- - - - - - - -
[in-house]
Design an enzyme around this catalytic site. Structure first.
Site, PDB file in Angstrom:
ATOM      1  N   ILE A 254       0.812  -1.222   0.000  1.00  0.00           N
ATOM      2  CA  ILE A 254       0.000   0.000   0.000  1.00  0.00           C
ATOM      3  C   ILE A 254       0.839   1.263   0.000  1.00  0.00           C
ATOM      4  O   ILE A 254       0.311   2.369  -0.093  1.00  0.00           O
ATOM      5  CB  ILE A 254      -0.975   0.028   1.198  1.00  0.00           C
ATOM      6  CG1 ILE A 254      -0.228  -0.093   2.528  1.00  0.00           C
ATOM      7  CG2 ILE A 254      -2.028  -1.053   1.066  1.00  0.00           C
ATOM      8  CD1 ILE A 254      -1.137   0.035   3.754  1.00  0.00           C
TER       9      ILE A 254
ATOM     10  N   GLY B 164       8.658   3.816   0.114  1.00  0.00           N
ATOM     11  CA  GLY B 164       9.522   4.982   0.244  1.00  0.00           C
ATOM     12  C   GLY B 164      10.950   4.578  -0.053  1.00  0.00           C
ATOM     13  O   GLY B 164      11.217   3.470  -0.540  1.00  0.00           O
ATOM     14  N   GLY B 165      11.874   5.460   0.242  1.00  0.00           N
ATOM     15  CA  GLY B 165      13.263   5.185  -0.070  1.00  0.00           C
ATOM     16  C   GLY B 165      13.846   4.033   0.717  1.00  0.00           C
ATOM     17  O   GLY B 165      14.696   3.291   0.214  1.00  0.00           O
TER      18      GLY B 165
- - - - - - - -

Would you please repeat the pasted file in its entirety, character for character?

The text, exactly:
[in-house]
Design an enzyme around this catalytic site. Structure first.
Site, PDB file in Angstrom:
ATOM      1  N   ILE A 254       0.812  -1.222   0.000  1.00  0.00           N
ATOM      2  CA  ILE A 254       0.000   0.000   0.000  1.00  0.00           C
ATOM      3  C   ILE A 254       0.839   1.263   0.000  1.00  0.00           C
ATOM      4  O   ILE A 254       0.311   2.369  -0.093  1.00  0.00           O
ATOM      5  CB  ILE A 254      -0.975   0.028   1.198  1.00  0.00           C
ATOM      6  CG1 ILE A 254      -0.228  -0.093   2.528  1.00  0.00           C
ATOM      7  CG2 ILE A 254      -2.028  -1.053   1.066  1.00  0.00           C
ATOM      8  CD1 ILE A 254      -1.137   0.035   3.754  1.00  0.00           C
TER       9      ILE A 254
ATOM     10  N   GLY B 164       8.658   3.816   0.114  1.00  0.00           N
ATOM     11  CA  GLY B 164       9.522   4.982   0.244  1.00  0.00           C
ATOM     12  C   GLY B 164      10.950   4.578  -0.053  1.00  0.00           C
ATOM     13  O   GLY B 164      11.217   3.470  -0.540  1.00  0.00           O
ATOM     14  N   GLY B 165      11.874   5.460   0.242  1.00  0.00           N
ATOM     15  CA  GLY B 165      13.263   5.185  -0.070  1.00  0.00           C
ATOM     16  C   GLY B 165      13.846   4.033   0.717  1.00  0.00           C
ATOM     17  O   GLY B 165      14.696   3.291   0.214  1.00  0.00           O
TER      18      GLY B 165